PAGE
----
The December issue of Sh’ma explores a multitude of reflections on personal journeys that lead some toward their Judaism, others, away from it. As usual, the Ultra-Reform Midwestern Jew (Myself) related most to the former Ultra-Orthodox Hasid from Brooklyn.
“Over the next decade or so, as my attachment to Hasidic teachings deepened and my religious views matured, I would come to see the tisch not merely as a place for song and dance, but as a vessel for experiencing the transcendent — what the behavioral psychologist Abraham Maslow called “peak experiences…”
– Shulem Deen.
“Ex-Hasid at Rainbow: Memories of a Hasidic Tisch”
Being raised in Iowa City, Iowa, not known for their overwhelming Jewish scene, I had to depend on my intimate relationship with (what I would come to learn is) “my Jewish soul” for spiritual nourishment. This has lead to what some may call “an active spiritual imagination,” while others may call it “a mystic identity.” Regardless, I would like to try to give a glimpse of one such ‘peak experience’ that blew my mind early in my Bible Raps career. It was late 2008 and I was recording “Light is in the Air,” a song that traces the fire that started at the burning bush through the Bible, then the Rebbes arriving, somehow in tact, to present day Hanukkah. I titled this piece exploring my ‘peak experience’ as “We Were All at Sinai: A Mystical Proof.”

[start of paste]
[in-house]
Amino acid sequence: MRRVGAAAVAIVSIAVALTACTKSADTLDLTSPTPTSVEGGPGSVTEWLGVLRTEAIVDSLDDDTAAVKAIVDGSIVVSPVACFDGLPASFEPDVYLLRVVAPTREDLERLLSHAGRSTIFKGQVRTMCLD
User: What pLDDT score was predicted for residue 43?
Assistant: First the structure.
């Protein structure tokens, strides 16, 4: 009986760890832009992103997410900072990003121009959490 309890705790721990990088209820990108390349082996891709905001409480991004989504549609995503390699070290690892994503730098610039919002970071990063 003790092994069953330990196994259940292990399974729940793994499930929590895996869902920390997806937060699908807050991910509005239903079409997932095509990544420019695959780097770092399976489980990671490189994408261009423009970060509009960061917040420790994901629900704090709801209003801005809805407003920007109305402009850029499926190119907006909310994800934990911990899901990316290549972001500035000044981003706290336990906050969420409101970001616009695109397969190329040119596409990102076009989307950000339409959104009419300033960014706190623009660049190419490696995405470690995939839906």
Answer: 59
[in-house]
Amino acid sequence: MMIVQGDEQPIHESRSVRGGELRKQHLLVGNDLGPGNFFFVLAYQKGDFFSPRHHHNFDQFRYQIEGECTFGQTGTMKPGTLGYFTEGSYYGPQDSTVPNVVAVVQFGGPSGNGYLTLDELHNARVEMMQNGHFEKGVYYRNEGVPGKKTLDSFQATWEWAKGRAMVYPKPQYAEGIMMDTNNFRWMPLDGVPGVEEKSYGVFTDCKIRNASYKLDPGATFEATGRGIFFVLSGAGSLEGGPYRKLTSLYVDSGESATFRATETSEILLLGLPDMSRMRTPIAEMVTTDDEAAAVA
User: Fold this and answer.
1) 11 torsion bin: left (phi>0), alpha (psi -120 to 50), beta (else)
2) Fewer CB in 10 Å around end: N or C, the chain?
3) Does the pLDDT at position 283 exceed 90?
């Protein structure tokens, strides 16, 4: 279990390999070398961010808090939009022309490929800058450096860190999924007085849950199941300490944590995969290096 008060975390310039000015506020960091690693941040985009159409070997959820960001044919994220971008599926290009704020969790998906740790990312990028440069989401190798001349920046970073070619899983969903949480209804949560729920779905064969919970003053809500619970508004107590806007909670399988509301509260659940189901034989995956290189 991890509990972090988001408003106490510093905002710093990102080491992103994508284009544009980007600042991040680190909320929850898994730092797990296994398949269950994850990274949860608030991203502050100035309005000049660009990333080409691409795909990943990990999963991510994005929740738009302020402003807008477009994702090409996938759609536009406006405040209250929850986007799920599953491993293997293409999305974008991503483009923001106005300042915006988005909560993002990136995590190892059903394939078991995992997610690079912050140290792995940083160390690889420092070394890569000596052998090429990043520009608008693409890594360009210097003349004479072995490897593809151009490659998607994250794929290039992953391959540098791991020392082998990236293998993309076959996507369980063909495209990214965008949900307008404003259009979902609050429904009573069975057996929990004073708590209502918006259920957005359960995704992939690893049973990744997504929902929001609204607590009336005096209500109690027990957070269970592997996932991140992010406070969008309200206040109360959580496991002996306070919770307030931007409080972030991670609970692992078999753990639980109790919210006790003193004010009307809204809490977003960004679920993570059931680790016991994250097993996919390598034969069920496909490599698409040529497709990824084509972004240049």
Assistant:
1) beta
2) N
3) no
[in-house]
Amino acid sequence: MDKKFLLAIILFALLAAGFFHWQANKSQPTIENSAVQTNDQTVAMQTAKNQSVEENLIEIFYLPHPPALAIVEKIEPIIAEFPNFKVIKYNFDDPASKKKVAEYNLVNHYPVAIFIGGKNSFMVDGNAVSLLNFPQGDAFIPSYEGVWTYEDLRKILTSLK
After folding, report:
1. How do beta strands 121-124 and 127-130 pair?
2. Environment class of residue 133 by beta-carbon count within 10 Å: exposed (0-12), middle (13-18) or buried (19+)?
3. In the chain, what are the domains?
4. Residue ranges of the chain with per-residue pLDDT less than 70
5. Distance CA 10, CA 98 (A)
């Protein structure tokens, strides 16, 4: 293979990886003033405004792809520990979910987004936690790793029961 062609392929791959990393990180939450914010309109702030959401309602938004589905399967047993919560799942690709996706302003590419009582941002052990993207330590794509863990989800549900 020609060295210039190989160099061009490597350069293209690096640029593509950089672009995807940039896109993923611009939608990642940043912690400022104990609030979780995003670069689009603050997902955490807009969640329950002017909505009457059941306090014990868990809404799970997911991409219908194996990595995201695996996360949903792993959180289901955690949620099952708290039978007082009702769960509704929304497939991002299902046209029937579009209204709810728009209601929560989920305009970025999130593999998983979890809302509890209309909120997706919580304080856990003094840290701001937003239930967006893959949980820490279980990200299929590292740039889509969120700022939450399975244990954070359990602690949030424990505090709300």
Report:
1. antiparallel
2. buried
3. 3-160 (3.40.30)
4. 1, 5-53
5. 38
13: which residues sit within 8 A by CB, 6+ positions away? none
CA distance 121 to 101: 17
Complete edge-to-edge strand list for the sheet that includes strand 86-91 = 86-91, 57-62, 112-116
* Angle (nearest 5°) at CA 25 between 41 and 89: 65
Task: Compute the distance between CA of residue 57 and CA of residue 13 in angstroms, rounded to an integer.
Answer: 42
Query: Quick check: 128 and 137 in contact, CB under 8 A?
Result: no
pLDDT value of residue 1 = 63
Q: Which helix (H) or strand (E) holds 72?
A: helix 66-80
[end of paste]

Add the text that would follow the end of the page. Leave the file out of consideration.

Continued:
1. Two qualifications:
First off, I very well recognize I might be walking through the mystic’s trapdoor, transposing a narrative on a reality with no plot-line. That is, I might be delusional.
Secondly, I intentionally use language that disorients and plays with shadows in an attempt to transmit the rhythm of the mystical experience. So the piece may not make sense.
2. A brief introduction: When you record songs you’ve written, you are forced to marshal your ego into specific personas – if I’m singing a love song, in order to do the song justice, I need to be in love when I sing it, even if the love behind the song has died since it inspired the song’s sentimental tone. Such intensive corralling of your ego from this persona to that persona in the “temple” of the studio (it’s an intense place) shakes up your ego and sometimes allows a view underneath it – a front-row seat to your soul. This is what happened when I was recording “Light is in the Air.” The tension between the necessity of being Torah in order to do the Bible rap justice and the feelings of holy unworthiness of even tieing a Midrashist’s shoes, let alone stand in them, created a window through which an intimate portrait of my “soul” appeared…
And there they were – some of my teachers. Tiny Fragments of their souls embedded in mine. Active.
The experience gave me a literal rendering of the phrase ‘Torah Mi Sinai,’ that says every Jewish soul, born and unborn, was at Sinai. You will see in “We Were All at Sinai: a Mystical Proof” how this concept plays out through the golden thread of the Rebbe/pupil relationship.